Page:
Epic food: serious dumpling lesson at the Lau’s

Chinese dumplings are consumed by many countries in Asia. For example we call it “Gyoza” in Japan. They look like raviolis. They are usually stuffed with grounded meat and some vegetables. When I first tried Mrs. Lau’s dumplings I saw rainbows. They were so good that I could not stop eating. Since then I had been asking her son, Chuck if she could show me how to make it.

Finally, on one snowy day, some of my foodie friends gathered at the Lau family in Brooklyn to learn how to make dumplings.It was a perfect day to take advantage of being inside and making dumplings/indulging all the food created. We kept eating and drinking whole entire time. Even the family was surprised how much we ate.

Pork Dumpling 

  • 1 1/2 Tablespoon Oyster Sauce
  • 1/4 Teaspoon Seasame oil
  • 1 Tablespoon Cornstarch (mix into batter)
  • Salt
  • Sugar
  • 1 Pound of fattyish ground pork
  • 1/2 pound of shrimp
  • 10 dried mushrooms (soak overnight the day before – then mince)
  • 2 Stalks of green onion
  • 1 Cabbage (minced)
  • wrapper


Tracy started off with mincing a cabbage (whole cabbage) while we watch her in beers in hands.

she then showed us the consistency of meat with corn starch mix and the other secret ingredient, Oyster sauce ( on the right)

Lau_fam_dumpling_010 Lau_fam_dumpling_015

after mixing all the above she added grounded shrimps and chopped green onions. when these are mixed well it is ready for wrapping – hard part.


Below is the screen grabs from a video. Tracy can make one dumpling in a few second. It was hard to follow her not only she makes it so quickly but how she does was so beautiful, a piece of art. Its too bad the WorldPress doesn’t support video. How she made dumpling was so graceful I wish I could share her move!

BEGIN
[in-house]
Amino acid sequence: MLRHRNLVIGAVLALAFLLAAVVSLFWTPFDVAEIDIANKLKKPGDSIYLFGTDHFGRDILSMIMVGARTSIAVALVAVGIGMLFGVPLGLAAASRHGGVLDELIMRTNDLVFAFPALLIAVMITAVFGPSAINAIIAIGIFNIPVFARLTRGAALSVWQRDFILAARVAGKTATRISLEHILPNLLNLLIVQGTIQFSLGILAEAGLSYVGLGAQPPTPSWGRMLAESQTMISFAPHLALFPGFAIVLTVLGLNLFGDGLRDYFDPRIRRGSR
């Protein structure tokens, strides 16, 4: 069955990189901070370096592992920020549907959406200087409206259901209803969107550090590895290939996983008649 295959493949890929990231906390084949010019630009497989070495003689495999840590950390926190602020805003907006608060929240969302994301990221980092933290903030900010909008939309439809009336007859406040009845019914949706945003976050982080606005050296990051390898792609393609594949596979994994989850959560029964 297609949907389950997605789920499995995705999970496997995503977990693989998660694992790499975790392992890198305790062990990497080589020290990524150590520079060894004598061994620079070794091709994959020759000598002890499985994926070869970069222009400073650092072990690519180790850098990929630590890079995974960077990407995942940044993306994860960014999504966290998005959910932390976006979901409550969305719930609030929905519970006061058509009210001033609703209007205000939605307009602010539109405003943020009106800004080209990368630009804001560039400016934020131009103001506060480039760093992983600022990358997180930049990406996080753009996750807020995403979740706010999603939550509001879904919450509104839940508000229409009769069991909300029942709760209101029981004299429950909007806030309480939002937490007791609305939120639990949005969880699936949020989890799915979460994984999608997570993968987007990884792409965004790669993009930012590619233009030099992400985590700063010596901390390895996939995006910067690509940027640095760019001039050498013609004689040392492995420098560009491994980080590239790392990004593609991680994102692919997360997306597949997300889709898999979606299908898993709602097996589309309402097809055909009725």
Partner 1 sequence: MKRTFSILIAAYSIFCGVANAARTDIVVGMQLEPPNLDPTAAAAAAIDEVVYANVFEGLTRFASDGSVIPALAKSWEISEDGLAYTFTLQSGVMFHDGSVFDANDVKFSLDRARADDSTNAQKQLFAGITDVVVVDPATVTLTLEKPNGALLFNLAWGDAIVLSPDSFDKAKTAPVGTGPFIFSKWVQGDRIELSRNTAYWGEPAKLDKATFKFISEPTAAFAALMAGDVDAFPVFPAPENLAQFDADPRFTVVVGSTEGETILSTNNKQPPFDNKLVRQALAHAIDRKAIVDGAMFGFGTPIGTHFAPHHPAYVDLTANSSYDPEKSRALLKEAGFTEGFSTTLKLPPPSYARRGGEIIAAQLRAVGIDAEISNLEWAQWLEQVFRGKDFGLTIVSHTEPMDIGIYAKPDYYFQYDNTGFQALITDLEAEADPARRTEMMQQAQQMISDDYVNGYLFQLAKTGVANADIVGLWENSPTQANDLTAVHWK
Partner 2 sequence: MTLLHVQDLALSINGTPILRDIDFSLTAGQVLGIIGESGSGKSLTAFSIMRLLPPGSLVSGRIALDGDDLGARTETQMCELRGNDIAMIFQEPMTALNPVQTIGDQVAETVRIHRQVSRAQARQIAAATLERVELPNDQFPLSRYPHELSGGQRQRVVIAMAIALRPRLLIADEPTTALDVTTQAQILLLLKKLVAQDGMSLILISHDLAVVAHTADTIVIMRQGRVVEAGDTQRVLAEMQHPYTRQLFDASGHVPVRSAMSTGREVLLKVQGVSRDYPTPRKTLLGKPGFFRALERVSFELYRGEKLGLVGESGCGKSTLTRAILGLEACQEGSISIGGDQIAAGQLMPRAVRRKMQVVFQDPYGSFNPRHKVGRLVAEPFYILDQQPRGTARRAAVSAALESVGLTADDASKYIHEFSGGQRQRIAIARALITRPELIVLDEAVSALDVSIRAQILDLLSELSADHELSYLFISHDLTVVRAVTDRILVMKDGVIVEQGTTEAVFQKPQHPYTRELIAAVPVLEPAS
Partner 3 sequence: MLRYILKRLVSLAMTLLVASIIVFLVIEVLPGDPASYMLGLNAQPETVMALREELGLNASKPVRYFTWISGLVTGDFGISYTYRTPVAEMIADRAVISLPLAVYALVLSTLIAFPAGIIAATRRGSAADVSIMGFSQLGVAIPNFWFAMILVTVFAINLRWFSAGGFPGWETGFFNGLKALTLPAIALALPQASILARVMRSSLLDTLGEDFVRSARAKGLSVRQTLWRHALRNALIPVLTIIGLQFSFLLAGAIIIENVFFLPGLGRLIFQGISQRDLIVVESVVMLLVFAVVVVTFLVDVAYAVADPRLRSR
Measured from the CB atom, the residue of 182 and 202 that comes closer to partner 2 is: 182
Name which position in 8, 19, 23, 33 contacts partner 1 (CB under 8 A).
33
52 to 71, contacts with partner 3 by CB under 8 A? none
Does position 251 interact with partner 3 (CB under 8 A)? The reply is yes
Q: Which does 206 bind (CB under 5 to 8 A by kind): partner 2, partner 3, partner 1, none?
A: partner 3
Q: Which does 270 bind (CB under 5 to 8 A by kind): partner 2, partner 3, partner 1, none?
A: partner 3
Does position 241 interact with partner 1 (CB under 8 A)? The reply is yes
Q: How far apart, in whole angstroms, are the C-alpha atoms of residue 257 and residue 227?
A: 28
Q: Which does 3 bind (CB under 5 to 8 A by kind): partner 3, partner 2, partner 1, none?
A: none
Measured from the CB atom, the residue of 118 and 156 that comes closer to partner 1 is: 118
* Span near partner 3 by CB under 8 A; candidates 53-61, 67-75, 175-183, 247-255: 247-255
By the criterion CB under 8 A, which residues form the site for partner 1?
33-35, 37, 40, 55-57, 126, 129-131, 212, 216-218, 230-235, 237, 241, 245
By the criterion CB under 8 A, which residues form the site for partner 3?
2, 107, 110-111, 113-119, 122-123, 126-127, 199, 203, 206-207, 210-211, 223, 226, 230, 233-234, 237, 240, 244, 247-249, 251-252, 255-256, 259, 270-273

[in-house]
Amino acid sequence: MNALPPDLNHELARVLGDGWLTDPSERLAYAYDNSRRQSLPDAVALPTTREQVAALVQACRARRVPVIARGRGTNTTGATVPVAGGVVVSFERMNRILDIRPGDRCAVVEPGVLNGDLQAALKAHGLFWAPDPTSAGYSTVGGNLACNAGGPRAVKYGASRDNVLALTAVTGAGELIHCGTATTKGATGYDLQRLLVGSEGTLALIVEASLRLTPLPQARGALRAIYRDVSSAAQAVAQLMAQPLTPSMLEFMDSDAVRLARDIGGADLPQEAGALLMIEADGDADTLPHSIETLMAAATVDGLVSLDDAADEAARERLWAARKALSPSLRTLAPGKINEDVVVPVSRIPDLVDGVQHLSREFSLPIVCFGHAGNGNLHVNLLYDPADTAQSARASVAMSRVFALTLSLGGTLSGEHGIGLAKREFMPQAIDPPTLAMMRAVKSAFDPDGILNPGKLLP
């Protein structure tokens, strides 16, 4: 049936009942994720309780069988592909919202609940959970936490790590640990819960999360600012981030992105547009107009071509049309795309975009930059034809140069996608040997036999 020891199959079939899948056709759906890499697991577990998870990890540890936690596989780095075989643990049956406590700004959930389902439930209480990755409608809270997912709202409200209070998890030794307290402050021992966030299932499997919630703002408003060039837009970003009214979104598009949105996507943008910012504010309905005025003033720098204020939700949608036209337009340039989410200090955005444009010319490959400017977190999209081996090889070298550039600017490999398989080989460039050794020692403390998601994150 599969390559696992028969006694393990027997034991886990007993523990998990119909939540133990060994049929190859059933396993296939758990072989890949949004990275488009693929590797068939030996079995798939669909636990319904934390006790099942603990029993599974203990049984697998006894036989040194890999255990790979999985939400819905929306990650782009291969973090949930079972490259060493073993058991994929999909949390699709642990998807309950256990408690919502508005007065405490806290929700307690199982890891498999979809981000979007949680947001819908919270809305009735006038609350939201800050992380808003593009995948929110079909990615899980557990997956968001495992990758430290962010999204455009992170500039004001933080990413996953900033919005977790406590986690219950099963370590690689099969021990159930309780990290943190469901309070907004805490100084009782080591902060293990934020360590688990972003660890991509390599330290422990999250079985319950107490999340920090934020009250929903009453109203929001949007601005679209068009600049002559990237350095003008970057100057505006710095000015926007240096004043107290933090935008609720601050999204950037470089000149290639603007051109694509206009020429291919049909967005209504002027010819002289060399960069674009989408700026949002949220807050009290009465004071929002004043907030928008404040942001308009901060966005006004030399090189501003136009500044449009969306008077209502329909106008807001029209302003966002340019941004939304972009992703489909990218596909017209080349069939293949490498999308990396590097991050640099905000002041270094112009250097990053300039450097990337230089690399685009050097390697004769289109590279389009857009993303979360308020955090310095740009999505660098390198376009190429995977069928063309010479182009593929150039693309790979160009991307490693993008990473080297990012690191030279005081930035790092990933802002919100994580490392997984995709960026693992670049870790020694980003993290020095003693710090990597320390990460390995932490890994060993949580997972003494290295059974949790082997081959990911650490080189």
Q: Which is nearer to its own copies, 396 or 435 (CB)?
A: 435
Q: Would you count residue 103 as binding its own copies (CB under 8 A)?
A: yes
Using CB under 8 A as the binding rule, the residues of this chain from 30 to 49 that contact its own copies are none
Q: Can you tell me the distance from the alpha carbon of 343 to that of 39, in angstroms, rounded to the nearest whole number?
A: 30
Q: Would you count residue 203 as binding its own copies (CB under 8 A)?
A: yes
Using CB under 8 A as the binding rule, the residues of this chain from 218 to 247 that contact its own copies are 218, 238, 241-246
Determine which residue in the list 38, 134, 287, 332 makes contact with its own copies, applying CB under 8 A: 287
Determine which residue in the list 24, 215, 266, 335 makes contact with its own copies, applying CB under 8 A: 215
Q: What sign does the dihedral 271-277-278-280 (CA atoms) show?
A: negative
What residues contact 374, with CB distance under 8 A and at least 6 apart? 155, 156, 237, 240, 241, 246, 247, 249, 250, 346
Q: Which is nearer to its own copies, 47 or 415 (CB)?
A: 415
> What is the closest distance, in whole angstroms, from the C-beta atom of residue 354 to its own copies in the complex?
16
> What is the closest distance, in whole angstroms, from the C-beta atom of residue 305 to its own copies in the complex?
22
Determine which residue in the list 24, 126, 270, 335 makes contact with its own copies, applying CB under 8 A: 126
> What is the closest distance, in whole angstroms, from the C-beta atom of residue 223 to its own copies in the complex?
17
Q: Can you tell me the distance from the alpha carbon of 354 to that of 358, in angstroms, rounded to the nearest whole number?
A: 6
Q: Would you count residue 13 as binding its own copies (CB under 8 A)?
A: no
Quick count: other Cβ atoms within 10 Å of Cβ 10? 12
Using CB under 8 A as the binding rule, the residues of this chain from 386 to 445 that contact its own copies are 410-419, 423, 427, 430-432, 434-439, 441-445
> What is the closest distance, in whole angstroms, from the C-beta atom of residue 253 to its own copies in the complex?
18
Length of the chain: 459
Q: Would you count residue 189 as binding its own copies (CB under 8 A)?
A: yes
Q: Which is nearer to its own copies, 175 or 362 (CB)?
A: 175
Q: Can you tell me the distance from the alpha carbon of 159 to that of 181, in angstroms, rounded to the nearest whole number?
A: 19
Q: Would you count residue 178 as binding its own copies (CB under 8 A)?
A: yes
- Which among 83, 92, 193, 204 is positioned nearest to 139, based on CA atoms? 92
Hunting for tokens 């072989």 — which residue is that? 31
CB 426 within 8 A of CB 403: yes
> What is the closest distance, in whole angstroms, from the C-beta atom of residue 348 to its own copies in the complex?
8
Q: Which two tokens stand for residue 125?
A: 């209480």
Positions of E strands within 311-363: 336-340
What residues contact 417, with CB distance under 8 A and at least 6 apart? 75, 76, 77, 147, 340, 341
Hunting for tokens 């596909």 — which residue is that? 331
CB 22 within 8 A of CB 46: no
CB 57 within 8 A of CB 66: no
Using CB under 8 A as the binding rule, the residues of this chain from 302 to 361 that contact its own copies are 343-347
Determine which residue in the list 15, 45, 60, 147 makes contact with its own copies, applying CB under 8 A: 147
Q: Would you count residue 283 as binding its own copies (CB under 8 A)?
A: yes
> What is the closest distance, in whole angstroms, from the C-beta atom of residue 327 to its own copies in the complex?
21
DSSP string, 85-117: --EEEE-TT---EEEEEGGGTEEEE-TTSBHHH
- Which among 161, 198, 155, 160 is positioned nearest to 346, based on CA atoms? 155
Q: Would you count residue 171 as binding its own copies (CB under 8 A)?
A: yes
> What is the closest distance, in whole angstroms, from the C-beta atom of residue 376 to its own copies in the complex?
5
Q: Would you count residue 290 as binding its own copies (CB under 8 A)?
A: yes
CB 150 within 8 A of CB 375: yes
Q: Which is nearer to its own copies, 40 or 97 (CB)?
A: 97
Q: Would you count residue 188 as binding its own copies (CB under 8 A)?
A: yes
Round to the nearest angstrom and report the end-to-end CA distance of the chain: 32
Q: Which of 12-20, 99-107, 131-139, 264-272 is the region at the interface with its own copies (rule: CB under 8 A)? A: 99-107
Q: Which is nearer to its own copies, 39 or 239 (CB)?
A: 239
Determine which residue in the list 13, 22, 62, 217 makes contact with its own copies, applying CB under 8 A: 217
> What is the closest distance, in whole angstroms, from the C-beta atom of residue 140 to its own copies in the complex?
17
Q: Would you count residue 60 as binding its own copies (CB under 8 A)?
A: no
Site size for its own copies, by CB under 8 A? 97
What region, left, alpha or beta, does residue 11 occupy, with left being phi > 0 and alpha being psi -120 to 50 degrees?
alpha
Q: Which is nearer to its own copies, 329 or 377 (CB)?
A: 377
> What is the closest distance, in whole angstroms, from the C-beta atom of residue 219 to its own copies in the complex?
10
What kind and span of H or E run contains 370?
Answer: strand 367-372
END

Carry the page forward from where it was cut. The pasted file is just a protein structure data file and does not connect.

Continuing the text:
First, she had a shallow bowl filled with water for dipping the edge of wrappers. She hold in the middle of wrapper and spin it so that only edge can get some water (like a Ferris wheel).  Then she makes “folds” to transform a wrapper into a shell. then she place stuffing in the middle before sealing it by pressing the edges together.


making a shell by folding a wrapper


after 4th folds the wrapper turns into a shell


this how the shell looks as complete. ready for stuffing


stuffing. key is not to stuff too much. leave some space to close the shell


sealing the shell.


Tracy went over a few times to make sure the wrapper is sealed completely. Otherwise the dumpling will open up when you cook



The key to make it without wasting wrappers is to make folds not too deep so that you can create decent size of shell. If dumpling is not stuffed enough it won’t taste juicy as much. These are our odd shape dumplings…!


As fist trial, we did alright but we surely run out wrappers. The problem was the folds we made did not make good shells. We could only stuff a little so we had a lot of left over stuffing. We could have another 50 dumpling made from left over stuffing…

Of course the best part of this session is to eat. We (actually Tracy) steamed dumplings. She brought water in pot to a boil.  Once water is boiling leave to steam for 20 minutes.


Bon Appetite!



Leave a Reply

Fill in your details below or click an icon to log in:

WordPress.com Logo

You are commenting using your WordPress.com account. Log Out /  Change )

Google photo

You are commenting using your Google account. Log Out /  Change )

Twitter picture

You are commenting using your Twitter account. Log Out /  Change )

Facebook photo

You are commenting using your Facebook account. Log Out /  Change )

Connecting to %s